Emma Holland

I begged inclusion on the fifth Lessons of Hope project that would focus on mental health and homelessness after being impressed by the previous forum about physical health and homelessness. My own contributions were minimal, but I witnessed a phenomenal team of volunteers, led by Rachael Buck, plan, refine and execute an excellent event!

Each player took on assigned tasks and carried them out to the best of his or her ability. Every member demonstrated dedication and perseverance at such a high caliber that, if contagious, it would eventually eradicate the social ill called homelessness.

The best part: the numbers!

More than 140 caring citizens came out after a day on which, due to a forecast of snow, federal employees didn’t have to go to work. The community had an excuse not to attend, but they cared enough to come out in the cold. Despite the threat of inclement weather, there was a record turnout. This is what I thrive on: communal empathy.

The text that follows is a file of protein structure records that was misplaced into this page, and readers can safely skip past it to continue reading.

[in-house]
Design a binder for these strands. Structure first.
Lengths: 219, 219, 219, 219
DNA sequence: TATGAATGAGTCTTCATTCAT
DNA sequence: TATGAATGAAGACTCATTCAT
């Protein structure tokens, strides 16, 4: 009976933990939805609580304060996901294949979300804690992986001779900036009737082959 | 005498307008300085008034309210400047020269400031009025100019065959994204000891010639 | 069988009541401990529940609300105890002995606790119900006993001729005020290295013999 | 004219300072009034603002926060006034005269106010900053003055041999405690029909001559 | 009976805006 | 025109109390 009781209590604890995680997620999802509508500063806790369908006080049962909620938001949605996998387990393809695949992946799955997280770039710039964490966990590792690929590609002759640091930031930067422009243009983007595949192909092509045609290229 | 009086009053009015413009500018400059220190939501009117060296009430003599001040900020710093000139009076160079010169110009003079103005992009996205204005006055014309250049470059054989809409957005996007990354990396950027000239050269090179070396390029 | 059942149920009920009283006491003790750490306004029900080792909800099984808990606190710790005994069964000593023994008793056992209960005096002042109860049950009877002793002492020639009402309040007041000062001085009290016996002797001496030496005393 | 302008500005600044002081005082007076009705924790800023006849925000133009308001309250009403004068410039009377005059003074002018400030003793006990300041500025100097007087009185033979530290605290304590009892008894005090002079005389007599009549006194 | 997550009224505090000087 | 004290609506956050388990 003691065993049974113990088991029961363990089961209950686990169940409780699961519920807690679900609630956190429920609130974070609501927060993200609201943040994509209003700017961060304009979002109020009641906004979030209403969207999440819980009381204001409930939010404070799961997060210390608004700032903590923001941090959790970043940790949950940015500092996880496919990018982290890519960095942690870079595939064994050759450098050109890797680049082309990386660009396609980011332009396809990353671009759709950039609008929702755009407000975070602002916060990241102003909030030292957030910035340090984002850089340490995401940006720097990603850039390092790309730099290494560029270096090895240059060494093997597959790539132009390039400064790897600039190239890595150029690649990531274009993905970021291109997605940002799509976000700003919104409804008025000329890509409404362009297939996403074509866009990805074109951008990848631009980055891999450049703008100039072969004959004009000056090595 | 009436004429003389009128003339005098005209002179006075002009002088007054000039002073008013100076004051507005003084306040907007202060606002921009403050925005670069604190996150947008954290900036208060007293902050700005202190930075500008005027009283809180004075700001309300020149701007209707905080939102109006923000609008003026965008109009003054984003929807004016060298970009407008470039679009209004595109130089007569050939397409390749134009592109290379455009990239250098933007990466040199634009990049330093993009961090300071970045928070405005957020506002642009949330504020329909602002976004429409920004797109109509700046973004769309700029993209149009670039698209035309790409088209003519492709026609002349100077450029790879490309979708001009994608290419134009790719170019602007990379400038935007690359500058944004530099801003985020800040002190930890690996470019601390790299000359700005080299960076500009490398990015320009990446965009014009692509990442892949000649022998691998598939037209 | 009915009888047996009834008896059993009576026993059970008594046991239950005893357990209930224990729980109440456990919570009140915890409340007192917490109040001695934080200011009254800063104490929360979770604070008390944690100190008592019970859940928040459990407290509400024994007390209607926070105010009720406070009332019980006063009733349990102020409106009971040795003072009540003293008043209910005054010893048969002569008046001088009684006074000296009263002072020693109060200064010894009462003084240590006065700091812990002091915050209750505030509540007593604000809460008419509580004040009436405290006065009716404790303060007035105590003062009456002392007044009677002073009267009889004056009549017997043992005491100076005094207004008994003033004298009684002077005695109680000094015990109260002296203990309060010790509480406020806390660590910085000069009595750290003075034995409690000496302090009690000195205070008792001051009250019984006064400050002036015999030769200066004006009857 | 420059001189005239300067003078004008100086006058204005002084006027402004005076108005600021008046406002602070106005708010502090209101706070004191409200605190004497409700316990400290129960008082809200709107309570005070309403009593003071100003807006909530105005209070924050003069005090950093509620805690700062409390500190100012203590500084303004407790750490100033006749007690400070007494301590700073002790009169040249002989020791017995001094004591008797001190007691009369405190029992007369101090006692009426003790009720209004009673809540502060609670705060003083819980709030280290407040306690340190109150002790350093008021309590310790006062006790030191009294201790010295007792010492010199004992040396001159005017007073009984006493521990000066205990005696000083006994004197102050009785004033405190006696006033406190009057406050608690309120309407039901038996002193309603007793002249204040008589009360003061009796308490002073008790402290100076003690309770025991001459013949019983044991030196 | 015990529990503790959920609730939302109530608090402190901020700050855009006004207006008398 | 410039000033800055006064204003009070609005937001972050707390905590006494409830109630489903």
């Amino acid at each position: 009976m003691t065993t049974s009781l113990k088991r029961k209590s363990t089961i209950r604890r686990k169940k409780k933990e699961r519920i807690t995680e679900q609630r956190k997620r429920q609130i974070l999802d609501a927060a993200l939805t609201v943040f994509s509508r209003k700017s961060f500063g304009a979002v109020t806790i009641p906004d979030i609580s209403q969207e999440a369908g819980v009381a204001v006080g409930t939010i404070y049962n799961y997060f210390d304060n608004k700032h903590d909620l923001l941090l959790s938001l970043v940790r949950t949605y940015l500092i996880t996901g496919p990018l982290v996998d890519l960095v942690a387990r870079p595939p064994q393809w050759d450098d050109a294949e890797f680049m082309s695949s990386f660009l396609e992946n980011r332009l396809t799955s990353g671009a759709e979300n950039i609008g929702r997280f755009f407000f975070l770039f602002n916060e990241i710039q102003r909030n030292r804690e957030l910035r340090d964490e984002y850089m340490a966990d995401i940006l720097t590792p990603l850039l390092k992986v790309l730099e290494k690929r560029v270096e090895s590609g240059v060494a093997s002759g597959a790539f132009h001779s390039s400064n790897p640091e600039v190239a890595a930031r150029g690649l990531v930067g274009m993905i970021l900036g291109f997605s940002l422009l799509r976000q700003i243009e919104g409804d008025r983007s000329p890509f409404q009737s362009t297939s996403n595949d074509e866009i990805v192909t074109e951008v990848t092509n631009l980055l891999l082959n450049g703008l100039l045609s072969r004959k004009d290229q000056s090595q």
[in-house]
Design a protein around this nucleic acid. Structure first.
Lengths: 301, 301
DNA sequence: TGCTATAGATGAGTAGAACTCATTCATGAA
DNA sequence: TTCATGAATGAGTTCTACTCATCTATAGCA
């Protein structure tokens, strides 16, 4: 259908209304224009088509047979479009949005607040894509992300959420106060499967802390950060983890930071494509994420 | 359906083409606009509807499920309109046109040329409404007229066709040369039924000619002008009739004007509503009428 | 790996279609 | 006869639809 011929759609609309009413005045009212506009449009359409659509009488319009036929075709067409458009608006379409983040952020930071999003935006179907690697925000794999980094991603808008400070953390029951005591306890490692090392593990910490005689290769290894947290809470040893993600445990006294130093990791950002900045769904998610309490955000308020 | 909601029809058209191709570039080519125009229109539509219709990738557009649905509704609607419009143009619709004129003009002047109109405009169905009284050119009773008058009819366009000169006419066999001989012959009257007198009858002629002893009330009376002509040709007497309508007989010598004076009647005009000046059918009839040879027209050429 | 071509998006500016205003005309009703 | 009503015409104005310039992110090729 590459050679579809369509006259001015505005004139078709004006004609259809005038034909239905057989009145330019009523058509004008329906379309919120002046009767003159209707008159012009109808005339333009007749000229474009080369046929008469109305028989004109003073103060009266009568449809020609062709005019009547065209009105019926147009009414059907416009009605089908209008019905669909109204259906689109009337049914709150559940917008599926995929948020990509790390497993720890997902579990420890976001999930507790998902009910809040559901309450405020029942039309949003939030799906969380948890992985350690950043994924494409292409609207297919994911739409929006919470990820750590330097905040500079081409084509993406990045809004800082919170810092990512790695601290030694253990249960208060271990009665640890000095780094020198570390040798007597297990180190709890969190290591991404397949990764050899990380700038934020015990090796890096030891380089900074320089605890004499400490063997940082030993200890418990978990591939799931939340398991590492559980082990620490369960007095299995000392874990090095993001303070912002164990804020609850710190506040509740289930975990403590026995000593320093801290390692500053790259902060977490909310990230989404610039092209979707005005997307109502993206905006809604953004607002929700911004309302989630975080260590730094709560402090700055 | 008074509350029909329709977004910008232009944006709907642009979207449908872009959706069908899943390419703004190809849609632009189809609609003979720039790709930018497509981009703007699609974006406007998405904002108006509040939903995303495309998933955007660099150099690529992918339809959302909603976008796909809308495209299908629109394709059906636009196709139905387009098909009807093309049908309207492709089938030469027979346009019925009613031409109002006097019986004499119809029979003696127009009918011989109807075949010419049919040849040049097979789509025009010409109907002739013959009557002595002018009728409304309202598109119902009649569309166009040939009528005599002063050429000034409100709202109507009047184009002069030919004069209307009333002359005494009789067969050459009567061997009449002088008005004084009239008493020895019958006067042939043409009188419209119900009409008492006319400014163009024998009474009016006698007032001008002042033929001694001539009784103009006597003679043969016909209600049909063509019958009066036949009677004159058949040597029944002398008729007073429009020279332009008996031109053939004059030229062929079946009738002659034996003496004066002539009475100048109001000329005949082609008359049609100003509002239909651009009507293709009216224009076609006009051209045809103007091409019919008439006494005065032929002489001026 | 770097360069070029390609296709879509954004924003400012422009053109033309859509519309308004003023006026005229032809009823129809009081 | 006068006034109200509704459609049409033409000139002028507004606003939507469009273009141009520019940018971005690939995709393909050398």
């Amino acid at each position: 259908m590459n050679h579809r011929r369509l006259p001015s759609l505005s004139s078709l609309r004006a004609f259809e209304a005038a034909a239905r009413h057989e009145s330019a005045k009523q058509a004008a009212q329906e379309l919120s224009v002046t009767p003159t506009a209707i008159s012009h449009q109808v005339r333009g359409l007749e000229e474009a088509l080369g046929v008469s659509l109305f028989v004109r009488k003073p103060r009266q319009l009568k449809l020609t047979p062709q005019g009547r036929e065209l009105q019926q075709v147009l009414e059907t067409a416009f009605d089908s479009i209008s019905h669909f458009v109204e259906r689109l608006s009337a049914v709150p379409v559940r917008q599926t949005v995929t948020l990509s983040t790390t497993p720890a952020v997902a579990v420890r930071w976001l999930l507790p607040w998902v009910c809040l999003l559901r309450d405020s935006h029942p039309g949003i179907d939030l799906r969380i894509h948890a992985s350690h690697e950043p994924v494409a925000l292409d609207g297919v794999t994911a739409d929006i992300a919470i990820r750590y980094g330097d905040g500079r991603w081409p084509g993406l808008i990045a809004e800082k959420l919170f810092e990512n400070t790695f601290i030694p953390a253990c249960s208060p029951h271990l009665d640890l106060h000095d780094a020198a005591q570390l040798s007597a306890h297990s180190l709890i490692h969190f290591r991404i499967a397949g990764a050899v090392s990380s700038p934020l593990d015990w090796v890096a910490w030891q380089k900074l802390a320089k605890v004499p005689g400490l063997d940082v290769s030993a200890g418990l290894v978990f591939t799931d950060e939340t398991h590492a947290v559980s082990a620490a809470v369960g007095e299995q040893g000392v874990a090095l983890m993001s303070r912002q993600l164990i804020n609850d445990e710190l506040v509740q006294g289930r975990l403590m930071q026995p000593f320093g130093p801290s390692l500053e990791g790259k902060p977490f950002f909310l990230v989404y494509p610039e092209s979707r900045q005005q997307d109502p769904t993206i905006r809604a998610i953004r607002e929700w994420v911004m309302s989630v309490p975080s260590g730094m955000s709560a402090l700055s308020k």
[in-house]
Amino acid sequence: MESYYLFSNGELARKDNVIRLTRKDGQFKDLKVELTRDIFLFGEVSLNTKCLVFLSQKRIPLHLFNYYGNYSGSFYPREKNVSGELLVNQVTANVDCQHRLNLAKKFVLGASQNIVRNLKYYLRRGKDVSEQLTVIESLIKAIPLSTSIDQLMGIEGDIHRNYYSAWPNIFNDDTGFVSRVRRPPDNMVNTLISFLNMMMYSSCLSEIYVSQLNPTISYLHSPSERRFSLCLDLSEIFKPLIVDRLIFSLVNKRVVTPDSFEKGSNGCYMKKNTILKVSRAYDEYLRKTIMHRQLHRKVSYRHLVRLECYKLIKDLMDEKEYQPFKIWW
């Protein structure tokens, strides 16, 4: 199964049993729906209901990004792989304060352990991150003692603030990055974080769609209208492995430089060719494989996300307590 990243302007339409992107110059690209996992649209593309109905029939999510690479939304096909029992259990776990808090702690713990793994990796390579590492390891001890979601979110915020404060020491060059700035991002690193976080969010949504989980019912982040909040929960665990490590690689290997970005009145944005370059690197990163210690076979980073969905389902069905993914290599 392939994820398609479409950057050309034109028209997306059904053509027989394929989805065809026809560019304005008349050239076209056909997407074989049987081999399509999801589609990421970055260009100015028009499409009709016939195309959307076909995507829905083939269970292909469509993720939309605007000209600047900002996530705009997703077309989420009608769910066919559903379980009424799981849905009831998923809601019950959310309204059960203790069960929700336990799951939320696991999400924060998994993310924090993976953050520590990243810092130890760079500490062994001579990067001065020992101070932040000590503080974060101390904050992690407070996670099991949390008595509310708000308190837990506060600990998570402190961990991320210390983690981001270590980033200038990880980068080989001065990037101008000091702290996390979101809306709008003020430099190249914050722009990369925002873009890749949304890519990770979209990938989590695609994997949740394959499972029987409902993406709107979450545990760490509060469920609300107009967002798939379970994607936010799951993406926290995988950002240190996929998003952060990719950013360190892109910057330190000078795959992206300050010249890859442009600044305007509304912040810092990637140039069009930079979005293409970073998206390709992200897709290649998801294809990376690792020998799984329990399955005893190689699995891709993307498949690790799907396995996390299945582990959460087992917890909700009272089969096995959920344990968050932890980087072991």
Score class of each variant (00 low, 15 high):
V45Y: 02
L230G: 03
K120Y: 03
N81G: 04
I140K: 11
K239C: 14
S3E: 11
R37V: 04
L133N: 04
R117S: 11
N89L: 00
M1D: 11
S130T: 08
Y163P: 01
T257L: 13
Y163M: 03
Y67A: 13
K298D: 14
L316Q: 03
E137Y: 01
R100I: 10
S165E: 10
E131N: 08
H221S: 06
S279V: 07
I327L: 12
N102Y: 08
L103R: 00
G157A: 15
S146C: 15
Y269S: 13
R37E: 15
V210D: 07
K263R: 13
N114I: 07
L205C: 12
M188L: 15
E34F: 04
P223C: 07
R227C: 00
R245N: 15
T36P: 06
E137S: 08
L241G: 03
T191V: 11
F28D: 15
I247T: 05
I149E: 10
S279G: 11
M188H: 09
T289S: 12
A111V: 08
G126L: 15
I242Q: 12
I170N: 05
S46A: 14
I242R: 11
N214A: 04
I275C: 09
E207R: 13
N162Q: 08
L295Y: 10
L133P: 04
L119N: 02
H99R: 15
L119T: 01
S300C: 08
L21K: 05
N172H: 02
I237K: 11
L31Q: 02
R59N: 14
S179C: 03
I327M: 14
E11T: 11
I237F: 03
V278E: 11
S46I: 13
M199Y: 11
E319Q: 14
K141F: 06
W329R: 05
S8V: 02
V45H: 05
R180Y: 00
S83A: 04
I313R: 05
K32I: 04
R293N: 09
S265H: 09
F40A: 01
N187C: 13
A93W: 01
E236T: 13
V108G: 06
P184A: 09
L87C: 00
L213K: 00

The worst part: the numbers!

With an audience of 140, only one panelist–a Street Sense vendor and contributing writer–was homeless. The homeless population was inadequately represented in both panel and audience. Shelter and service providers should have brought their consumers here. How many people pigeonholed as “nutty bums” but actually bordering on the brink of mental or emotional turmoil may have found some solace or aid in this discussion? How many apathetic directors and caseworkers “file 13ed” the flyer or email invitation because they thought a consumer’s place was on a cot, not attending a forum?

The forum and its large audience stand testament to Street Sense.You can’t judge a paper by its cover. When you buy a copy, grab one for a friend. Show them you have an open mind and that they can have one too!

And if you see a Street Sense vendor and can’t afford to spend the two bucks on a newspaper, remember they are as vulnerable to life’s pitfalls as anyone. Simply spend a minute to let them know you care.